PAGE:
ASI supports national animal disease traceability | TSLN.com

ASI supports national animal disease traceability

The U.S. Department of Agriculture (USDA) announced the publication of a proposed rule on animal disease traceability Tuesday, Aug. 11. The proposed rule follows the announcement of an animal disease traceability framework from 18 months ago as well as several years of discussions and planning with state livestock health officials, the livestock industry and other stakeholders.

“The American Sheep Industry Association (ASI) supports the concept of a national animal disease traceability program and appreciates USDA’s efforts to seek advice and ideas from stakeholders prior to publishing a proposed regulation,” said Jim Logan, DVM, ASI Animal Health Committee chairman. “We are anxious to review the proposed rule and look forward to providing comments to USDA.”

According to ASI President Margaret Soulen Hinson, “The sheep industry has had a mandatory federal ID system for about 10 years now as a key part of the scrapie eradication program, and we expect that it will be fully recognized and respected in the proposed rule. The system has allowed us to find and trace back diseased and exposed animals and has worked well for our industry.”

According to the APHIS Fact Sheep for traceability for sheep and goats, “The traceability rule will have no effect on sheep and goats. Requirements to move sheep and goats interstate remain the same as current scrapie regulations for interstate movement.” USDA officials mentioned last week during discussions with ASI that the scrapie ID program has a 92 percent success rate for cull sheep at final market destination. ASI will formulate comments with sheep industry leaders for formal submission to the USDA.

The proposed rule for the animal disease traceability program can be accessed at http://www.ofr.gov/OFRUpload/OFRData/2011-20281_PI.pdf and was published in the Federal Register on Aug. 11. Specific traceability information for sheep can be accessed at http://www.aphis.usda.gov/traceability/downloads/2011/FStracsheep.VS.pdf.

The U.S. Department of Agriculture (USDA) announced the publication of a proposed rule on animal disease traceability Tuesday, Aug. 11. The proposed rule follows the announcement of an animal disease traceability framework from 18 months ago as well as several years of discussions and planning with state livestock health officials, the livestock industry and other stakeholders.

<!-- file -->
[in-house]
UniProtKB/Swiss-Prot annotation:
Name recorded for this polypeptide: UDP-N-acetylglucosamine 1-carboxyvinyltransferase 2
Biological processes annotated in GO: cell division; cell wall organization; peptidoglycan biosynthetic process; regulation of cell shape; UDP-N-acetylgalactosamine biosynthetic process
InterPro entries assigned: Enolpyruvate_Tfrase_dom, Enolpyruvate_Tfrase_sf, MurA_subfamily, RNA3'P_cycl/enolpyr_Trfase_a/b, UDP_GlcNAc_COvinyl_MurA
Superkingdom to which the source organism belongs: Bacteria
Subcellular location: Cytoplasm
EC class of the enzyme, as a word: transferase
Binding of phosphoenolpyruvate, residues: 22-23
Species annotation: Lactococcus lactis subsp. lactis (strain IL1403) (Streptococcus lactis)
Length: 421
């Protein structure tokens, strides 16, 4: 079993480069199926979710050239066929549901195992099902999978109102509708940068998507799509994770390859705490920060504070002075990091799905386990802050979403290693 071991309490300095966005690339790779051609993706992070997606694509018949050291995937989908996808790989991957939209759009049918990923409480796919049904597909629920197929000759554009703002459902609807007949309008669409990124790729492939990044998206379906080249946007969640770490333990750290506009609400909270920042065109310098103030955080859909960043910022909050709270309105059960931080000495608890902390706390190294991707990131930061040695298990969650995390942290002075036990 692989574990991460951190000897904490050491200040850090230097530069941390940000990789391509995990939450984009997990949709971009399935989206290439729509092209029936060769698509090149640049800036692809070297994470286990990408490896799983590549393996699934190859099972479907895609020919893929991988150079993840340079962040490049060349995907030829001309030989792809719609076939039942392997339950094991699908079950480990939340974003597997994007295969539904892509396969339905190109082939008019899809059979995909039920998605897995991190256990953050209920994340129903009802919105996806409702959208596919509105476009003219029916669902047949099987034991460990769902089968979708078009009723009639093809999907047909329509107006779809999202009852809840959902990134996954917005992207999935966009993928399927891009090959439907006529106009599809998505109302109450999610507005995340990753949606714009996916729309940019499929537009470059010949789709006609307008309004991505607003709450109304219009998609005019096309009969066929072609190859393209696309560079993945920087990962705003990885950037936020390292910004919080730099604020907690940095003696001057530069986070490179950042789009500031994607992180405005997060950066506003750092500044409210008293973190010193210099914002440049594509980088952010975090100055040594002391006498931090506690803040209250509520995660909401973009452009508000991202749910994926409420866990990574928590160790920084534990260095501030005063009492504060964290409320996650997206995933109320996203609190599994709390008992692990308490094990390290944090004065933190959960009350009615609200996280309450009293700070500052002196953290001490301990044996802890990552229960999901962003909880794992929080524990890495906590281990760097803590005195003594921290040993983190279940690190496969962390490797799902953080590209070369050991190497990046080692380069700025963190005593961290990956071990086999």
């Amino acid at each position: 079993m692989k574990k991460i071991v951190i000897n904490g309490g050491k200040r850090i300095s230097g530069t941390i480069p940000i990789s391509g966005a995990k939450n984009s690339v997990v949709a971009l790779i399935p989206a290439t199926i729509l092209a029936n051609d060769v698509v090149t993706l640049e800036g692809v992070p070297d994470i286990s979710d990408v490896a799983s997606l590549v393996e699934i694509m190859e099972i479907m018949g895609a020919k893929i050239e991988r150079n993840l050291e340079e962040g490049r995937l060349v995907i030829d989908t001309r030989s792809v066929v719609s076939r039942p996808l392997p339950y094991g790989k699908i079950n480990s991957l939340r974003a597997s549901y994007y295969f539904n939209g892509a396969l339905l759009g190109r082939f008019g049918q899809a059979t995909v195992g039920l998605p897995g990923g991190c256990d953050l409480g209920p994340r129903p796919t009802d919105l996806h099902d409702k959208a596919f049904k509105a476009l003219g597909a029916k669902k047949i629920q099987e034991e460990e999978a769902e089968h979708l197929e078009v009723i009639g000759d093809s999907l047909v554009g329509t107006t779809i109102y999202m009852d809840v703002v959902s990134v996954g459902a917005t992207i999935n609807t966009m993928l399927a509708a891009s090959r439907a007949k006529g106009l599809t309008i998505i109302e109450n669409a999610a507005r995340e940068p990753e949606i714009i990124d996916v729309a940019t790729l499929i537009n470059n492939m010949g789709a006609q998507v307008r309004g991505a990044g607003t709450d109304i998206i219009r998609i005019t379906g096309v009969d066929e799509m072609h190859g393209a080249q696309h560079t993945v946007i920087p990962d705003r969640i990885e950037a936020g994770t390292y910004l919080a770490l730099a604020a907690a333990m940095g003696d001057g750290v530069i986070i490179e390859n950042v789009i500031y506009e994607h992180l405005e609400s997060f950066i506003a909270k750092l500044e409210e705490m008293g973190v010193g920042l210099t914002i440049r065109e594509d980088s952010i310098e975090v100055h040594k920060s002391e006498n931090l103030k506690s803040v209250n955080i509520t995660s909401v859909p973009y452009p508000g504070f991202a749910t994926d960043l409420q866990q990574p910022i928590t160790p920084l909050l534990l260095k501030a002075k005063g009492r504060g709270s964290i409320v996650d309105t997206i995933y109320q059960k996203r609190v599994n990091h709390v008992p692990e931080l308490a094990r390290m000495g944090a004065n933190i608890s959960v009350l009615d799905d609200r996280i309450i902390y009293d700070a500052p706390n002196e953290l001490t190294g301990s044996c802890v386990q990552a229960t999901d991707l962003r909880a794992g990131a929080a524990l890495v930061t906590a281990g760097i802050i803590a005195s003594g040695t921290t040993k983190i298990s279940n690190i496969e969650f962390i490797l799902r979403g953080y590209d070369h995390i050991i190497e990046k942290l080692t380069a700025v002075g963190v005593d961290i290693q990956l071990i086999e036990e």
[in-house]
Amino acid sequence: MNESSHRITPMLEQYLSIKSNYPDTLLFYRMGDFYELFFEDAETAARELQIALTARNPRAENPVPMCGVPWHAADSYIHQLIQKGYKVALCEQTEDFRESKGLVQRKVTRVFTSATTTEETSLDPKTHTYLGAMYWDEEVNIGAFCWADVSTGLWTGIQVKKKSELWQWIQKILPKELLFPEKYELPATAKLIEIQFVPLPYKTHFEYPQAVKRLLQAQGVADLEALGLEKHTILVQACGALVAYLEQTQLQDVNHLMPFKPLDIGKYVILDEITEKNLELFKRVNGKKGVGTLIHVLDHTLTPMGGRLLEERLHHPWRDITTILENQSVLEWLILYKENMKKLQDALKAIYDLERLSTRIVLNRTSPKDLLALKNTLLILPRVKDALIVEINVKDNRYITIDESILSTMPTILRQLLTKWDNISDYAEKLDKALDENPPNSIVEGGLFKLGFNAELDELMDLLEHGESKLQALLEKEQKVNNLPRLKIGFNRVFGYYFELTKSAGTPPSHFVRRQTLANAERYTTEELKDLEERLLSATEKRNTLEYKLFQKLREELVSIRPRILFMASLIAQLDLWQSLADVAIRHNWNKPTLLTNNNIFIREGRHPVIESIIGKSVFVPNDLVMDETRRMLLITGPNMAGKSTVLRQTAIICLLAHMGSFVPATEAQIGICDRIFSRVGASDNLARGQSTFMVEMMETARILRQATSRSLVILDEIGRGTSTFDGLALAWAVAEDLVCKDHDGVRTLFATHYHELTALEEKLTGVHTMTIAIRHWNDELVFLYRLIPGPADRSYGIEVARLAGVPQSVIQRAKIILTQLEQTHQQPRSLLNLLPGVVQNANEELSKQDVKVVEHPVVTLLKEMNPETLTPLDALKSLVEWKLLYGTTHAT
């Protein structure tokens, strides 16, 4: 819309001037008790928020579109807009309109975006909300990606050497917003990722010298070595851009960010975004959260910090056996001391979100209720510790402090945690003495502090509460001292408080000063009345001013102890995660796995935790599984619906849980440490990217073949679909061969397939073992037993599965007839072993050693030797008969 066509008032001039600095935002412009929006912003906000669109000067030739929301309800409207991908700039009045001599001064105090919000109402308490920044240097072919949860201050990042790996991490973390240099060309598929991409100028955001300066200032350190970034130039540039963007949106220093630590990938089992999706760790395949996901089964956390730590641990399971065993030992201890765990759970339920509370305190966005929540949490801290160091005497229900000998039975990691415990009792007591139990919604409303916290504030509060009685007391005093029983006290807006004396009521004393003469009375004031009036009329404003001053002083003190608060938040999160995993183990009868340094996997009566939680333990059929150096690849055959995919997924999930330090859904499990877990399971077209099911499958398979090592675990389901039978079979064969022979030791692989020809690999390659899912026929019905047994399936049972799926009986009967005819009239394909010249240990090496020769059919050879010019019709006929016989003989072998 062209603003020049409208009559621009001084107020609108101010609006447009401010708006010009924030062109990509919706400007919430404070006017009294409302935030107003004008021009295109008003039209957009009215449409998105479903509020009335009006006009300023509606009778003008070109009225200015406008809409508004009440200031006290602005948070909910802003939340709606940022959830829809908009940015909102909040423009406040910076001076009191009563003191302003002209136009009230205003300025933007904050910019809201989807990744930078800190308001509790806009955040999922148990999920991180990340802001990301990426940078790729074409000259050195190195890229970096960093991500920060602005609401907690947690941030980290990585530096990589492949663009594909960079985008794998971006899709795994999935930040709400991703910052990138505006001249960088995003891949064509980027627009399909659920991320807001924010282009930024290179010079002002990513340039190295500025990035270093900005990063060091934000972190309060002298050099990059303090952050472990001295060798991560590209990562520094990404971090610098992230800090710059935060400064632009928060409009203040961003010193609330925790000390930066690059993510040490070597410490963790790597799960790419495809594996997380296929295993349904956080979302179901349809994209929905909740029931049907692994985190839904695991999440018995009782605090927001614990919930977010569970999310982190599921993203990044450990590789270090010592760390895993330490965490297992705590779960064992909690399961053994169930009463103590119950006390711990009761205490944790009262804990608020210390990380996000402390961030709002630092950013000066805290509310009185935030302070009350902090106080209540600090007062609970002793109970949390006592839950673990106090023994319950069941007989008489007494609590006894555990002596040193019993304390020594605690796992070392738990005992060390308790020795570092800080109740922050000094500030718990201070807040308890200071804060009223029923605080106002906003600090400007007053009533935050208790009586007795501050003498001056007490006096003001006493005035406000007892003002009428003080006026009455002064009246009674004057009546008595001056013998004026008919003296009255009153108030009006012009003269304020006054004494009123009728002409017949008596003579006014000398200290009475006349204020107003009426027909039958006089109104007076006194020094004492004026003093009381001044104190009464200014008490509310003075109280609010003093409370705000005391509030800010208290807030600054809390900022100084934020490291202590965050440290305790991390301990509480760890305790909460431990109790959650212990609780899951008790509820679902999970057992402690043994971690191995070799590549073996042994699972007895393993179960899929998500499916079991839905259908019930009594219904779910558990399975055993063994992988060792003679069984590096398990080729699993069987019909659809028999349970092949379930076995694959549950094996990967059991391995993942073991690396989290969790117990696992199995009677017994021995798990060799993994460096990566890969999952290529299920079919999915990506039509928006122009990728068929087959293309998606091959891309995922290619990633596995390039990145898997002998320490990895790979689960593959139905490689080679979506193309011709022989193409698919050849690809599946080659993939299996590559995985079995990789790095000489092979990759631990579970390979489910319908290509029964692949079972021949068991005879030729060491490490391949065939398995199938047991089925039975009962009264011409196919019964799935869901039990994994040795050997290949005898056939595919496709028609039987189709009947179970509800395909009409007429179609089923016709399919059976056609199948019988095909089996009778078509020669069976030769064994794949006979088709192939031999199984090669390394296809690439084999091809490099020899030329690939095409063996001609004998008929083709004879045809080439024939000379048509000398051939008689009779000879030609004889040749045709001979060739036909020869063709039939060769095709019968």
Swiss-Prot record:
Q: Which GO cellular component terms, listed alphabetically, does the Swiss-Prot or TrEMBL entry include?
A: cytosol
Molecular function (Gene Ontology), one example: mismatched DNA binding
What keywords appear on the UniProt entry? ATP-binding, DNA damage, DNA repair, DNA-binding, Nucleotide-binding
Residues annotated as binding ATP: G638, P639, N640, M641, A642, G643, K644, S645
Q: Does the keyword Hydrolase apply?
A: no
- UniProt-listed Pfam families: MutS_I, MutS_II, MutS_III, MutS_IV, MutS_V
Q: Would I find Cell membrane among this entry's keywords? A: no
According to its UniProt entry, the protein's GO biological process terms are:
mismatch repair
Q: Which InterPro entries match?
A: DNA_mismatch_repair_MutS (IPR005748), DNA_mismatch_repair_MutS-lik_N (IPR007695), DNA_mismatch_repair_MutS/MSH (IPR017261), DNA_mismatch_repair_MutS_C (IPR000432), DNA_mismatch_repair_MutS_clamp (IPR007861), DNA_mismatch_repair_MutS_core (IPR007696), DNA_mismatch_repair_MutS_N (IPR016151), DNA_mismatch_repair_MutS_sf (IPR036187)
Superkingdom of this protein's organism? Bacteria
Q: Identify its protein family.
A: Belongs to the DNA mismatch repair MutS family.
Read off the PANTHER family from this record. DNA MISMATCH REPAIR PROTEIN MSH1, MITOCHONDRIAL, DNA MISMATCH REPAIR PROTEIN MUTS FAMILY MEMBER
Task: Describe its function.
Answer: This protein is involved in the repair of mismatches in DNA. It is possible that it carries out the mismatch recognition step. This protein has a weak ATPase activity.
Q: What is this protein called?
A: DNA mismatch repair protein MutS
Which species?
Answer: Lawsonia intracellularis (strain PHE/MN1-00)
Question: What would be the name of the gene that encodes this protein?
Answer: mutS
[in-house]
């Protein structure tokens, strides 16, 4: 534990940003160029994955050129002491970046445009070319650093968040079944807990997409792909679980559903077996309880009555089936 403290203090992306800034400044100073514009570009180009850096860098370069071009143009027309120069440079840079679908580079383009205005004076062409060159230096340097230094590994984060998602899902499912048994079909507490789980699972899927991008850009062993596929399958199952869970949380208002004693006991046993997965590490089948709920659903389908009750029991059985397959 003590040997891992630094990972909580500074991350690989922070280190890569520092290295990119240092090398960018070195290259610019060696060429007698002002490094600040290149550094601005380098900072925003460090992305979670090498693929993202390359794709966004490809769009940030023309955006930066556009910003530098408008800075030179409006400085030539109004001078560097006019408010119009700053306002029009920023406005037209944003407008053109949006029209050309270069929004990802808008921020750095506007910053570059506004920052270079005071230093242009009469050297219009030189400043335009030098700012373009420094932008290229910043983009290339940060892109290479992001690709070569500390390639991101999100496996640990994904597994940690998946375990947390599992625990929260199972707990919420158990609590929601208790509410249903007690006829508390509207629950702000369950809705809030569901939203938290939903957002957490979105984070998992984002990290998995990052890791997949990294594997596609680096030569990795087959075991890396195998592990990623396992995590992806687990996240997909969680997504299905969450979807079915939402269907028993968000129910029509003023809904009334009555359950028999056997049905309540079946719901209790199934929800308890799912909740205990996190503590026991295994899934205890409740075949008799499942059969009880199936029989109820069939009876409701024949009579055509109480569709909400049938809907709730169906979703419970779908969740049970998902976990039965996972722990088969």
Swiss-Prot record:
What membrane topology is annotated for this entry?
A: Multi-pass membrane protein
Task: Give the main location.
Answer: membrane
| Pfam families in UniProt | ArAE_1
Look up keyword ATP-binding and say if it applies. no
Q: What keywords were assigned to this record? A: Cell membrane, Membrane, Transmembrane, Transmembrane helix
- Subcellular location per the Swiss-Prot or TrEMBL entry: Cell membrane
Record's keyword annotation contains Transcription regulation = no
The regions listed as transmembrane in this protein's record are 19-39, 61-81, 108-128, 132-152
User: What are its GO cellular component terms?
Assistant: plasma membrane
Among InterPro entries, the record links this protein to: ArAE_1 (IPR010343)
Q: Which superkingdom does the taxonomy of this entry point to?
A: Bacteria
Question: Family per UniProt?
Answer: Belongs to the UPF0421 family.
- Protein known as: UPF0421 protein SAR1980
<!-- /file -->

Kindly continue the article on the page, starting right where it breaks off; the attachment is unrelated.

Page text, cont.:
Recommended Stories For You

“The American Sheep Industry Association (ASI) supports the concept of a national animal disease traceability program and appreciates USDA’s efforts to seek advice and ideas from stakeholders prior to publishing a proposed regulation,” said Jim Logan, DVM, ASI Animal Health Committee chairman. “We are anxious to review the proposed rule and look forward to providing comments to USDA.”

According to ASI President Margaret Soulen Hinson, “The sheep industry has had a mandatory federal ID system for about 10 years now as a key part of the scrapie eradication program, and we expect that it will be fully recognized and respected in the proposed rule. The system has allowed us to find and trace back diseased and exposed animals and has worked well for our industry.”

According to the APHIS Fact Sheep for traceability for sheep and goats, “The traceability rule will have no effect on sheep and goats. Requirements to move sheep and goats interstate remain the same as current scrapie regulations for interstate movement.” USDA officials mentioned last week during discussions with ASI that the scrapie ID program has a 92 percent success rate for cull sheep at final market destination. ASI will formulate comments with sheep industry leaders for formal submission to the USDA.

The proposed rule for the animal disease traceability program can be accessed at http://www.ofr.gov/OFRUpload/OFRData/2011-20281_PI.pdf and was published in the Federal Register on Aug. 11. Specific traceability information for sheep can be accessed at http://www.aphis.usda.gov/traceability/downloads/2011/FStracsheep.VS.pdf.

Go back to article